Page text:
The first year of boarding senior high school marks a period of great change for students. The extent to which students are able to adjust to successfully navigate this change (adaptability) likely has an impact on their psychological wellbeing. It has also been theorized that students’ personality traits and perceived social support may impact upon their adaptability and, directly and/or indirectly through adaptability, influence their psychological wellbeing. However, the literature examining independent and mediating effects of adaptability on psychological wellbeing is sparse particularly among students from non-Western cultures. In the present study, 102 grade-one high school students in China, were surveyed for their personality, perceived social support, adaptability, and psychological wellbeing (life satisfaction, mental well-being, and psychological distress). Findings showed that adaptability (along with neuroticism, extraversion, and social support) made a significant independent contribution to students’ psychological wellbeing. Further, adaptability was found to fully mediate the relationships between personality (conscientiousness and neuroticism) and psychological wellbeing, and to partially mediate the relationships between extraversion and psychological wellbeing, and social support and psychological wellbeing. These findings have important theoretical and practical implications for researchers and educators who are seeking to support students’ adjustment to boarding senior high school.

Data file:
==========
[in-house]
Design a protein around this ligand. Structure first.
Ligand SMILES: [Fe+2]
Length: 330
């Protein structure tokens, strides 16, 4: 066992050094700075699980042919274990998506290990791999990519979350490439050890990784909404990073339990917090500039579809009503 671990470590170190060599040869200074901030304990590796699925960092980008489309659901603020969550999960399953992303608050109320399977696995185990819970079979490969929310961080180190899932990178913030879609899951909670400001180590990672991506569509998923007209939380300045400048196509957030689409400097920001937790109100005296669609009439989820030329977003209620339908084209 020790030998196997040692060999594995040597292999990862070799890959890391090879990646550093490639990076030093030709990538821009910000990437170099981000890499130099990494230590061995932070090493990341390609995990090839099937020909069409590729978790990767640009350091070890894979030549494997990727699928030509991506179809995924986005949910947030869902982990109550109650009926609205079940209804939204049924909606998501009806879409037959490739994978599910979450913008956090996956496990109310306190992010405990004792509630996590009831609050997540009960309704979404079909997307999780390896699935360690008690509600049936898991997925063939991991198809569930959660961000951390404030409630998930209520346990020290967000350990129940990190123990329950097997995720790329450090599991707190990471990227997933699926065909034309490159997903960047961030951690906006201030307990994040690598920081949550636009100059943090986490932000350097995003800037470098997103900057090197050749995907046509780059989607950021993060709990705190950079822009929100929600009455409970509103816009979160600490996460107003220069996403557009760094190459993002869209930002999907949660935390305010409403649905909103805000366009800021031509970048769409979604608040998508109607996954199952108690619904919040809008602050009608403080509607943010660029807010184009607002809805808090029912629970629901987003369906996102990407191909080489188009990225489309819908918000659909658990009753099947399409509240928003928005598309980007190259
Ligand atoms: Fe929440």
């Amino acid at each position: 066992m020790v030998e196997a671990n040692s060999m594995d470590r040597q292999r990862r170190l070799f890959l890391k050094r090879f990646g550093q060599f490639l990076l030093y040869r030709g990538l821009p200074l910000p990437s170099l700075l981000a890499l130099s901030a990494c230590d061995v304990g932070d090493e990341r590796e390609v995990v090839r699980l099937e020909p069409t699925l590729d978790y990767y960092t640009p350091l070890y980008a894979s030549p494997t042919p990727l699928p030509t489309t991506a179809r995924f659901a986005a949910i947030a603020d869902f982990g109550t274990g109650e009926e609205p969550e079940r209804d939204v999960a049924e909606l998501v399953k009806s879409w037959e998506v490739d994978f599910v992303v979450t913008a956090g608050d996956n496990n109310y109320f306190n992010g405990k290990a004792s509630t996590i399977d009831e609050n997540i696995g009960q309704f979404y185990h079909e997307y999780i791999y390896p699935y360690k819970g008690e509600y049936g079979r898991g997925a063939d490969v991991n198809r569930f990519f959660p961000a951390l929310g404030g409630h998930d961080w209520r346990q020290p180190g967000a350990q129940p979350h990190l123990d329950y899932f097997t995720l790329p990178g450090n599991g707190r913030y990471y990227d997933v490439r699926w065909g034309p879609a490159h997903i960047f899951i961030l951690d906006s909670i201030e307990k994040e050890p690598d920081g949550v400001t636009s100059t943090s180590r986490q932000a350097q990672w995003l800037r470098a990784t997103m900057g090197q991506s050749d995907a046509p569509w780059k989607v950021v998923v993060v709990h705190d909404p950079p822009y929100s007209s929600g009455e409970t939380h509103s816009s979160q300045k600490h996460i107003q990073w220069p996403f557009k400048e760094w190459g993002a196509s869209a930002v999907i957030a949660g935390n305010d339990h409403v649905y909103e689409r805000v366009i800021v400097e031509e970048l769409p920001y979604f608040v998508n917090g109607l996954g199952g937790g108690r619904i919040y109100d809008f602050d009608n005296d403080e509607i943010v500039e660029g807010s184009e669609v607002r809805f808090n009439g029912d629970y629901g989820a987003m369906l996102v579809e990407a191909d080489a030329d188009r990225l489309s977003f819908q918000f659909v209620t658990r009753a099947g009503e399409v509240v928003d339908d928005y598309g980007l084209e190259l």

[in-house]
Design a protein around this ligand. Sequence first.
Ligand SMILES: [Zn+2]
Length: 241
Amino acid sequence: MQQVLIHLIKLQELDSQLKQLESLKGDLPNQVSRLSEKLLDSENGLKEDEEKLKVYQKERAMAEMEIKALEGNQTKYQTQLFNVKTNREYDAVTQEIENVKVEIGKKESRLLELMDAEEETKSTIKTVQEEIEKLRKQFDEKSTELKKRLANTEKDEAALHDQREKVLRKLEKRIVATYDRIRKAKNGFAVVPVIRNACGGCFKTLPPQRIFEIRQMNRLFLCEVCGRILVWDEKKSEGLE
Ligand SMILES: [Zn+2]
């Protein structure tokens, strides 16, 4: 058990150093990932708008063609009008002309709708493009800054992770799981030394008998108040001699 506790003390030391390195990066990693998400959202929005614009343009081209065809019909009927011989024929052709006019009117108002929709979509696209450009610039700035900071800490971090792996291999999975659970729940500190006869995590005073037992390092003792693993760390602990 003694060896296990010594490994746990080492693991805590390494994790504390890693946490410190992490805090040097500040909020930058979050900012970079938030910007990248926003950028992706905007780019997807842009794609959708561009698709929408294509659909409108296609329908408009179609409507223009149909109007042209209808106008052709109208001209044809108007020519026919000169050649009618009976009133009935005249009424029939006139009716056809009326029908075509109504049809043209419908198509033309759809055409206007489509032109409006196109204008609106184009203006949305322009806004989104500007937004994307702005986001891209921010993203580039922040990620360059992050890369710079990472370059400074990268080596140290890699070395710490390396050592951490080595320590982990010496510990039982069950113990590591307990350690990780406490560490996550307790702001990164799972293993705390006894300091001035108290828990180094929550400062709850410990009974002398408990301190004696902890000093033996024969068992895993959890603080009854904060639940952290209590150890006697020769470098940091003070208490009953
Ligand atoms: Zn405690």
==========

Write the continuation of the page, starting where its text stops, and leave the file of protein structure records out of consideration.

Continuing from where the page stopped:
|Translated title of the contribution
|Adaptability, Personality, and Social Support: Examining Links with Psychological Wellbeing Among Chinese High School Students
|Number of pages
|International Journal of Educational Psychology
|Published - 24 Jun 2022
Bibliographical notePublished under Creative Commons copyright (CC BY).
- boarding senior high school
- psychological wellbeing
- social support
ASJC Scopus subject areas
- Developmental and Educational Psychology